Drinks: 2 cups of coffee + Splenda + almond milk every morning with her breakfast of eggs and oats. Coffee is a ritual she’s been doing since her college days and has no idea what a morning is like without it. Throughout the rest of the day, she is also a recreational coffee drinker. May not need it later, but if she meets up with a friend at a coffee shop or drives by a Starbucks, a latte is never past her.
The Verdict? Walking the line. Primarily the artificial sweeteners are not her friend for a host of digestive health and general wellness reasons (linked with brain fog, nausea, cellular damage, metabolic dysfunction). On the coffee front, if she could cut back to one cup of Joe with her breakfast, and let herself become less dependent on needing the stimulant to get her going, she may be able to actually tap into more innate and raw potential in the gym, as opposed to hormonally, running (and depending) on coffee as part of her pre-workout routine.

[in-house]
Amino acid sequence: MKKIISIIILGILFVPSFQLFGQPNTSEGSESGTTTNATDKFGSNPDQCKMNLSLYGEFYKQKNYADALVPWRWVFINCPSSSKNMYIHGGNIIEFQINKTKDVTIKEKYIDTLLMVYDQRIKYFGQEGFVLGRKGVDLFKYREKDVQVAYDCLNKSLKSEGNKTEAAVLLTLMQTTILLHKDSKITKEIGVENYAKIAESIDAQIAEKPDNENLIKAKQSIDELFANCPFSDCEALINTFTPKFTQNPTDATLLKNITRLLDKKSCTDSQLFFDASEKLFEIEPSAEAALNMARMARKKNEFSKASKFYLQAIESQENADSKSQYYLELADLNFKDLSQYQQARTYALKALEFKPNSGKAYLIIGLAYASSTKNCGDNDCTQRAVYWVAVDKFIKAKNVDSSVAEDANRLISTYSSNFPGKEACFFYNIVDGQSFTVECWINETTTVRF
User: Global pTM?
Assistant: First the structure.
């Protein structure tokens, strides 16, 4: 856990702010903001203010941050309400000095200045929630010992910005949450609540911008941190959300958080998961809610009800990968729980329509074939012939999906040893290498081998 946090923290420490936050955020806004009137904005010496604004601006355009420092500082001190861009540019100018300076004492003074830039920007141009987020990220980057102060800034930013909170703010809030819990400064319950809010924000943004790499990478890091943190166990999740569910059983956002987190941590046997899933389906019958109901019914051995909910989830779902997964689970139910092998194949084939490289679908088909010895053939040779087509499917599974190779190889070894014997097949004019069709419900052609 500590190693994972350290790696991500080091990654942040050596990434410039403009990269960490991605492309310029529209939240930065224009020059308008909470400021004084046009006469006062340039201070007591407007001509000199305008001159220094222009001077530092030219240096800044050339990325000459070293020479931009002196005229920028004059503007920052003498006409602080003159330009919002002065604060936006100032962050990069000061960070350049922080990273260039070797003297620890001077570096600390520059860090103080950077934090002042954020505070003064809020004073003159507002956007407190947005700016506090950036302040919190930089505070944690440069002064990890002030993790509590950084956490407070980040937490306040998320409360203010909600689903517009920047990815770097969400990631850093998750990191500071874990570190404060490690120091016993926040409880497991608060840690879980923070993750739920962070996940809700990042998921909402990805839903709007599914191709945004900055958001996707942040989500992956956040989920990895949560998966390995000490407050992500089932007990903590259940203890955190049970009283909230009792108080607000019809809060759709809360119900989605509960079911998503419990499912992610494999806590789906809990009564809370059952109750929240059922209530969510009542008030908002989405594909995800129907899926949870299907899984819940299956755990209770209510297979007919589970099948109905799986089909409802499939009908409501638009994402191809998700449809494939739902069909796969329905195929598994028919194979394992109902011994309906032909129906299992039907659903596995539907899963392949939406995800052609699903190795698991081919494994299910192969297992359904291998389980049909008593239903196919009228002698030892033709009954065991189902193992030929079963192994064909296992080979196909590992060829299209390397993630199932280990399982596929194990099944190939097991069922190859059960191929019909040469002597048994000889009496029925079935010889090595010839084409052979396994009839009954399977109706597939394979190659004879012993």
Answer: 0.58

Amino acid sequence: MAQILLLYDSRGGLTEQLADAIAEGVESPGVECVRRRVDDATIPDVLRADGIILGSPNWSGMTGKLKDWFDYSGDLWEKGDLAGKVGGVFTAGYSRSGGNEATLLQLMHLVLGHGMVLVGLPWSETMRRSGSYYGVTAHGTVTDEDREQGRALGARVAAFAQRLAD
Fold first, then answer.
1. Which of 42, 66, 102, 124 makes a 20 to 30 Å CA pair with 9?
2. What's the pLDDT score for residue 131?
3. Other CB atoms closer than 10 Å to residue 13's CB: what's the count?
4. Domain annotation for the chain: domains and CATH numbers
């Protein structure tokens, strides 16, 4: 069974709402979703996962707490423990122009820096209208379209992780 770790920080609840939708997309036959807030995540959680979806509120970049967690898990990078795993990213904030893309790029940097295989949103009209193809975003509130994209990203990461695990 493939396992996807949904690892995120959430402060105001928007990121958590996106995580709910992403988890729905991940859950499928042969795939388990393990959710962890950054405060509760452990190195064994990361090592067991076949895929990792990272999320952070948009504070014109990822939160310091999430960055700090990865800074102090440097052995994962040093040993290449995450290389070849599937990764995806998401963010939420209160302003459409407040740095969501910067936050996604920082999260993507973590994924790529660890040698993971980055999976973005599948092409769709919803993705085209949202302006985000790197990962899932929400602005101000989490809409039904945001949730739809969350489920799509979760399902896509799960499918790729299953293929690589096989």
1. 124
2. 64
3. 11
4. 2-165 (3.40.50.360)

In essence, for all of these examples: the verdict of whether coffee is really beneficial before a workout all comes down to a matter of your hormones and stress levels.
SINCE COFFEE IS A STIMULANT, TOO MUCH OF IT, AND YOUR SYSTEM GOES HAYWIRE.
This, coupled with the additional stress of a workout on your body, day in and day out, can yield some not-so-positive effects.
Here’s the main problem:
* Coffee stimulates the adrenal glands, which means that every time you drink coffee (yes even decaf coffee has some caffeine in it), you’re activating the body’s fight-or-flight response, releasing adrenaline and raising your cortisol levels (stress hormones).